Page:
Running May Just Have Saved His Life
There are many who stand firmly on one side or the other when it comes to the Iditatod, but regardless of your personal passion, there is one dog for whom that race may have been a lifesaver.
Zeke’s story, as Craig Mendred so effectively pointed out in his blog post, is simultaneously about everything good and everything bad about mushing. One can only imagine that Zeke began his life in the dark side of the sport. He, and a brother and sister, were dumped at a Fairbanks animal shelter. His chances for survival were quite grim. However, Fairbanks Animal Shelter Fund, which was set up to give badly ill animals a chance at survival, funded the veterinarians that treated Zeke. Once in recovery, he was then moved to a foster situation to rehabilitate with the hope that, someday, he would be ready for adoption.
Kailyn Davis saw Zeke at a local event and was certain he wasn’t going to make it. She spoke at length with his foster mother and, before she knew it, she was getting ready to take him home. Things didn’t start off very well. It was going to be a long haul which including medications, some that worked and some that didn’t. He required a lot of care, love, and attention, and Davis wasn’t even certain he would get his hair back, but all-in-all, that didn’t matter. What did matter was treating Zeke just like her other dog, Panda, although Zeke did have a sweatshirt to wear whenever they went out. Soon Zeke was joining Davis and Panda on bike rides and skijor outings, and, as Davis told Mendred, “He really liked it even more than my other dogs.”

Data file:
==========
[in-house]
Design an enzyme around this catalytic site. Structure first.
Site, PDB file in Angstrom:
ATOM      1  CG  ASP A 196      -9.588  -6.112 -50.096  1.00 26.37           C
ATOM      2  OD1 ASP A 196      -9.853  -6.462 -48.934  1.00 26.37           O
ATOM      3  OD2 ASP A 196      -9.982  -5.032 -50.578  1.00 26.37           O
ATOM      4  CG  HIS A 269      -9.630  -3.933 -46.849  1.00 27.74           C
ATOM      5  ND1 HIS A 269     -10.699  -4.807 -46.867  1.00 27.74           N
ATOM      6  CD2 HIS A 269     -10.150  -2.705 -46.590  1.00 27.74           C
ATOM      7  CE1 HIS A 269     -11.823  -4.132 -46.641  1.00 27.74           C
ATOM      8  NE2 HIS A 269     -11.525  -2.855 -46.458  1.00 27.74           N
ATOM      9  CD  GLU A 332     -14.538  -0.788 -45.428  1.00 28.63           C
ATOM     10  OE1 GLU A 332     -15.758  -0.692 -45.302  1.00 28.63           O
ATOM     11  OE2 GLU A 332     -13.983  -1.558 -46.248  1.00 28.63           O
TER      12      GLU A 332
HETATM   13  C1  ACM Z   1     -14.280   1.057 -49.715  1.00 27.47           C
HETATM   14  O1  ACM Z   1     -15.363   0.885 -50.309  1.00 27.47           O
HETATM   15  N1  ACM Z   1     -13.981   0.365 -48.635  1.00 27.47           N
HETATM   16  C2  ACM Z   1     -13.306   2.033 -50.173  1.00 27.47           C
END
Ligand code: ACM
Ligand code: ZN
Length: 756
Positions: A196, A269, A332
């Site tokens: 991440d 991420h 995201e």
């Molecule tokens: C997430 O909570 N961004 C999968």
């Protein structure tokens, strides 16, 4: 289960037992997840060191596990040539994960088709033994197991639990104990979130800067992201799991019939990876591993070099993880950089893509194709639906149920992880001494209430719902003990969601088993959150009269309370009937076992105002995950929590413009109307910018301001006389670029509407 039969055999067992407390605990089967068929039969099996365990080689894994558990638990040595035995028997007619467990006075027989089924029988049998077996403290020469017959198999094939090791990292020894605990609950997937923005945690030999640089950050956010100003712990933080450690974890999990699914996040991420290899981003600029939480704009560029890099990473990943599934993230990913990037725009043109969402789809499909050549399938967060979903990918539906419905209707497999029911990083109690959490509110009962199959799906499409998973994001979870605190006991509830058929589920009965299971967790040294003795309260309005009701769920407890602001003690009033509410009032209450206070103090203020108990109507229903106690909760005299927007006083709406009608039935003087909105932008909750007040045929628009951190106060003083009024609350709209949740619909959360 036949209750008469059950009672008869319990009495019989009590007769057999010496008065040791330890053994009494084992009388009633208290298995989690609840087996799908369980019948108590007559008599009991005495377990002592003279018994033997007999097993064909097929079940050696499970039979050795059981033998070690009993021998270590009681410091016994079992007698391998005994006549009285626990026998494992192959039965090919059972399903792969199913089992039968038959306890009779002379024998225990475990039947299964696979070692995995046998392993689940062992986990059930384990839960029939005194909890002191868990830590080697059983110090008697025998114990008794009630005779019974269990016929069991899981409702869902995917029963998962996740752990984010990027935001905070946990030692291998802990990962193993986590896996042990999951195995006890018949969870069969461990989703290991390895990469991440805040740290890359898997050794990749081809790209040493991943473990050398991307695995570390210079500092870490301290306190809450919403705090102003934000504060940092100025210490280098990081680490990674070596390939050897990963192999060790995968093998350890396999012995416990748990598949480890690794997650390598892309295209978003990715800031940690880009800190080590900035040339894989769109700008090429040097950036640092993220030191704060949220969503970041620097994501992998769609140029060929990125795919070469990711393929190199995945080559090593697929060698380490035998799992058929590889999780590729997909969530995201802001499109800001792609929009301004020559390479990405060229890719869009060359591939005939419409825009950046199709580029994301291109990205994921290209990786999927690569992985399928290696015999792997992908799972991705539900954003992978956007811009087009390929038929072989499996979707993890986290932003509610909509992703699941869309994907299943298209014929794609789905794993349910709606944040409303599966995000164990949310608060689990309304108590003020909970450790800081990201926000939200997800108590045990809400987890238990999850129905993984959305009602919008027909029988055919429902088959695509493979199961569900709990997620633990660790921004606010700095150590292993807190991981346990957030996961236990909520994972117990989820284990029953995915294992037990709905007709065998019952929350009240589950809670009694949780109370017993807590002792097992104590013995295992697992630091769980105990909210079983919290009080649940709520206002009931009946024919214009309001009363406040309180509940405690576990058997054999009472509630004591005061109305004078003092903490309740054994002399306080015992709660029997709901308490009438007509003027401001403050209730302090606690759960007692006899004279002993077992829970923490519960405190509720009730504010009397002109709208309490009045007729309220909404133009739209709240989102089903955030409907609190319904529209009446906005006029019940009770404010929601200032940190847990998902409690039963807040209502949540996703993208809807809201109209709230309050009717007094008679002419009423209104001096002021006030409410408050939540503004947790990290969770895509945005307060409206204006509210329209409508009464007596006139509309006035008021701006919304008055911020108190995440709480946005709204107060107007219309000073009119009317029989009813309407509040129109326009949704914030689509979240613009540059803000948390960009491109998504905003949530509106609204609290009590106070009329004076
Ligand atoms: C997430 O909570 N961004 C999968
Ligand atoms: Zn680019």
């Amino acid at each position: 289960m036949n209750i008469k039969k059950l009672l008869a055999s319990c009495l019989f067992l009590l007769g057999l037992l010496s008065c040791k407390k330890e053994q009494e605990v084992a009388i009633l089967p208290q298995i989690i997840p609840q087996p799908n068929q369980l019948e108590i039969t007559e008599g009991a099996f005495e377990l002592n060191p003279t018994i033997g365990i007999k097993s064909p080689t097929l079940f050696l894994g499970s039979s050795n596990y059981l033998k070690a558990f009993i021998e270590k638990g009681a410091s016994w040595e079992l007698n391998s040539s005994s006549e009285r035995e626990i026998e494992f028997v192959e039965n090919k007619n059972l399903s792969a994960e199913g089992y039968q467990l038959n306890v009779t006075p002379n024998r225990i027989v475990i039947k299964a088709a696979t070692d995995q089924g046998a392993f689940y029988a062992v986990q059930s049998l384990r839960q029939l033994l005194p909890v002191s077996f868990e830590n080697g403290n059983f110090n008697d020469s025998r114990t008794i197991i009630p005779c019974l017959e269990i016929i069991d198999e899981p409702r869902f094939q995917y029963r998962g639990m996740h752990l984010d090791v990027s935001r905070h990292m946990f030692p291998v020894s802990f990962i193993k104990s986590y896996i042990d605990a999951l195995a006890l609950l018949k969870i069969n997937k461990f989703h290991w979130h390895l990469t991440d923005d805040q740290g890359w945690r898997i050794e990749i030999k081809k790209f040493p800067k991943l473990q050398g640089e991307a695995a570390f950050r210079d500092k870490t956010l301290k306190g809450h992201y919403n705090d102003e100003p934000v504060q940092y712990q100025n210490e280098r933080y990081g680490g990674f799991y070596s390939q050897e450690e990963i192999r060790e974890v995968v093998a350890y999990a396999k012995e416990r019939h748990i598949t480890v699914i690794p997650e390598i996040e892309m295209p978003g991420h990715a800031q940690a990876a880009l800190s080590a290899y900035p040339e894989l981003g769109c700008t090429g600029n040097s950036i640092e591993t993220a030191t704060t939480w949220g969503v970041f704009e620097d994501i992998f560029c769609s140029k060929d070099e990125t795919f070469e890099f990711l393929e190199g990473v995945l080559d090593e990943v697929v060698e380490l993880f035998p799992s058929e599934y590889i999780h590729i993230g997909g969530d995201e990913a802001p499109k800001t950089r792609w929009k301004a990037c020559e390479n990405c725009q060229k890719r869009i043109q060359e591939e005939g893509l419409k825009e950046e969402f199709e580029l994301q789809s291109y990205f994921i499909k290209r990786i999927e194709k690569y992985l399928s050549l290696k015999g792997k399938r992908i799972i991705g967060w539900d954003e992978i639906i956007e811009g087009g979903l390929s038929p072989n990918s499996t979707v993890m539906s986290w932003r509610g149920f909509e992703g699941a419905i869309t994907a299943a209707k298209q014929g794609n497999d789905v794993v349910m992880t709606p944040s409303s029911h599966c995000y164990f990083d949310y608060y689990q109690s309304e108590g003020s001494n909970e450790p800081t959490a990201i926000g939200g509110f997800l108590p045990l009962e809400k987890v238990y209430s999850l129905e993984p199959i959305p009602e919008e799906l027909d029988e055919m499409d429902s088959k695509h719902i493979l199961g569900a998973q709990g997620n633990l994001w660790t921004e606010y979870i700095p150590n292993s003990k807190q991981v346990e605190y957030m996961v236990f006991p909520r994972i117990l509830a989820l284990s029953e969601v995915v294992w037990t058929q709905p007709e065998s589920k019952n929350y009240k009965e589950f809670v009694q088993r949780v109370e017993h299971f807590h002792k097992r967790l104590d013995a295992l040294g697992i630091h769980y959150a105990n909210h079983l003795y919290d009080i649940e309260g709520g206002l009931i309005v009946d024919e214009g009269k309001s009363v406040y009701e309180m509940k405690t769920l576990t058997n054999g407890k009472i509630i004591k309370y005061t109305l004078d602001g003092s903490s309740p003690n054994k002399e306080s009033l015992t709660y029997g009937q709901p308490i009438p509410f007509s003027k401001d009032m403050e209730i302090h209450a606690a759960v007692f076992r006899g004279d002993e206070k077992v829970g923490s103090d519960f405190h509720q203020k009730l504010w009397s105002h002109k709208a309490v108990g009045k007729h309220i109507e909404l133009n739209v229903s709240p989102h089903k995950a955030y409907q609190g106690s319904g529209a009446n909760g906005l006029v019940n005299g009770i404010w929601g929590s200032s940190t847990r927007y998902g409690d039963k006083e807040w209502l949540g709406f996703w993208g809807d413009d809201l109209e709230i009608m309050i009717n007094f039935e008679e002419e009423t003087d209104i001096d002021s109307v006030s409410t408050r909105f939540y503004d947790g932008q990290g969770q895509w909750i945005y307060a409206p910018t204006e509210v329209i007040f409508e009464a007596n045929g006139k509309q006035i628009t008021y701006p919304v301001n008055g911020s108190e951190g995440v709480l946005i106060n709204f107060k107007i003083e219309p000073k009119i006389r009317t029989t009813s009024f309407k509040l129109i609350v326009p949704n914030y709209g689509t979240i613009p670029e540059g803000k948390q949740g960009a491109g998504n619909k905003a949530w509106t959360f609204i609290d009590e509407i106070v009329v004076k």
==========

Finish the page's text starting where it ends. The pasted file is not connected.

Zeke seemed to have an aptitude for running and, once Davis had tried him out in a harness, he couldn’t wait to get going. It was clear to her he wanted to be out on the trail running. She knew he was something special. Davis spoke to Alan Eischens of Double E Kennel in Wasilla about running Panda and Zeke in a forthcoming race. Eischens had been working with Davis, who has aspirations of running in the Iditarod one day, on making some qualifying runs. He agreed to let Zeke give it a try. After approval from the vet, they ran the Copper Basin 300 Sled Dog Race, one of the tougher qualifiers, and, although coming in toward the back of the pack, they had a great run. So good, in fact, Eischens asked if Davis might consider letting him have Zeke to train for the forthcoming Iditarod.
Eischens admits that he had his doubts the puppy Davis had brought into her fold was ever going to amount to much, but but as he grew and became healthy, Zeke proved to be a force to be reckoned with, even going the distance to Nome during the race. For a dog that was not even supposed to live, this is nothing short of a miracle.
What is central to remember about all of this is Zeke’s story isn’t about whether mushing is a good thing or a bad thing for a dog. What it is really about is the fact that animals, too, can have their passions and as their guardians, we should be able to recognize what they love and enjoy. We need to be aware of their interests and observant to their behavior. In the case of Zeke, Davis saw the signs clearly and understood, and respected, that he wanted to run. That realization, that understanding of her dog and his abilities, not only helped him to heal, but lead him to become the dog he was destined to be. One that, clearly, loves to run.
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